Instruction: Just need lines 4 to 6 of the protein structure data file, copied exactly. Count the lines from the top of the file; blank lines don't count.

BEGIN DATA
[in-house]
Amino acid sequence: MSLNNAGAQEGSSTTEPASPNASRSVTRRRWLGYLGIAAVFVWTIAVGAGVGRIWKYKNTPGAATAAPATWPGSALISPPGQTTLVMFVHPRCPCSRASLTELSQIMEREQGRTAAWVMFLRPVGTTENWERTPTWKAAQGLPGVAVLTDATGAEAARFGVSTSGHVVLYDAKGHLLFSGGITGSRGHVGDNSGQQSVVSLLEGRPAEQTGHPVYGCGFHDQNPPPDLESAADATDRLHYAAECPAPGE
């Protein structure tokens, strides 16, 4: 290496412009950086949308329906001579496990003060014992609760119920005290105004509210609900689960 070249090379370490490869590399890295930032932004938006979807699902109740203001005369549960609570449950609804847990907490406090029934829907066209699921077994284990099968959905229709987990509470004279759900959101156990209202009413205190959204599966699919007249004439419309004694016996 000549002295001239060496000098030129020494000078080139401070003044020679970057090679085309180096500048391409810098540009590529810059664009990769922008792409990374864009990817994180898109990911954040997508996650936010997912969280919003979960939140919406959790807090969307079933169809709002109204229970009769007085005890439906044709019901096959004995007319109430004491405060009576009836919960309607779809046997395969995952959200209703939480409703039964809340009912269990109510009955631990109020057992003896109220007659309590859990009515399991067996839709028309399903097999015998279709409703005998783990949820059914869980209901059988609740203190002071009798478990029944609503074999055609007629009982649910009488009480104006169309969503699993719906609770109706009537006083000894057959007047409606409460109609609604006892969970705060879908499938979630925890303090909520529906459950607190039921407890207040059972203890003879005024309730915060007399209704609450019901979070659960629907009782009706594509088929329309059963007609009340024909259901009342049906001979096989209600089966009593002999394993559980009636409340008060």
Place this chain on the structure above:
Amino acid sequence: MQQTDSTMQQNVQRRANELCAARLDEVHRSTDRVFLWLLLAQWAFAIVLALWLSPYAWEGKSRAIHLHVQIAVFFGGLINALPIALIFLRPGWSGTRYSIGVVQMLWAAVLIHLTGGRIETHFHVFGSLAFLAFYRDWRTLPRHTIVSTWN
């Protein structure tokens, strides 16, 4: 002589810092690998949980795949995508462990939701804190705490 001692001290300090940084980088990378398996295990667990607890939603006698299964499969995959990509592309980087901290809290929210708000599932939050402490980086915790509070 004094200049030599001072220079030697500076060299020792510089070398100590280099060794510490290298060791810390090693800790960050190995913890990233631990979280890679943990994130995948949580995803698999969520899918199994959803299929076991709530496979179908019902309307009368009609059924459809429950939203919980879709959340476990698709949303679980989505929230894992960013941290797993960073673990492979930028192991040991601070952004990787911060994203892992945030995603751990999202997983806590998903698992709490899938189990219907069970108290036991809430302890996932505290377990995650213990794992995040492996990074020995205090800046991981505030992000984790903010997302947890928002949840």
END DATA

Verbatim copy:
Place this chain on the structure above:
Amino acid sequence: MQQTDSTMQQNVQRRANELCAARLDEVHRSTDRVFLWLLLAQWAFAIVLALWLSPYAWEGKSRAIHLHVQIAVFFGGLINALPIALIFLRPGWSGTRYSIGVVQMLWAAVLIHLTGGRIETHFHVFGSLAFLAFYRDWRTLPRHTIVSTWN
């Protein structure tokens, strides 16, 4: 002589810092690998949980795949995508462990939701804190705490 001692001290300090940084980088990378398996295990667990607890939603006698299964499969995959990509592309980087901290809290929210708000599932939050402490980086915790509070 004094200049030599001072220079030697500076060299020792510089070398100590280099060794510490290298060791810390090693800790960050190995913890990233631990979280890679943990994130995948949580995803698999969520899918199994959803299929076991709530496979179908019902309307009368009609059924459809429950939203919980879709959340476990698709949303679980989505929230894992960013941290797993960073673990492979930028192991040991601070952004990787911060994203892992945030995603751990999202997983806590998903698992709490899938189990219907069970108290036991809430302890996932505290377990995650213990794992995040492996990074020995205090800046991981505030992000984790903010997302947890928002949840």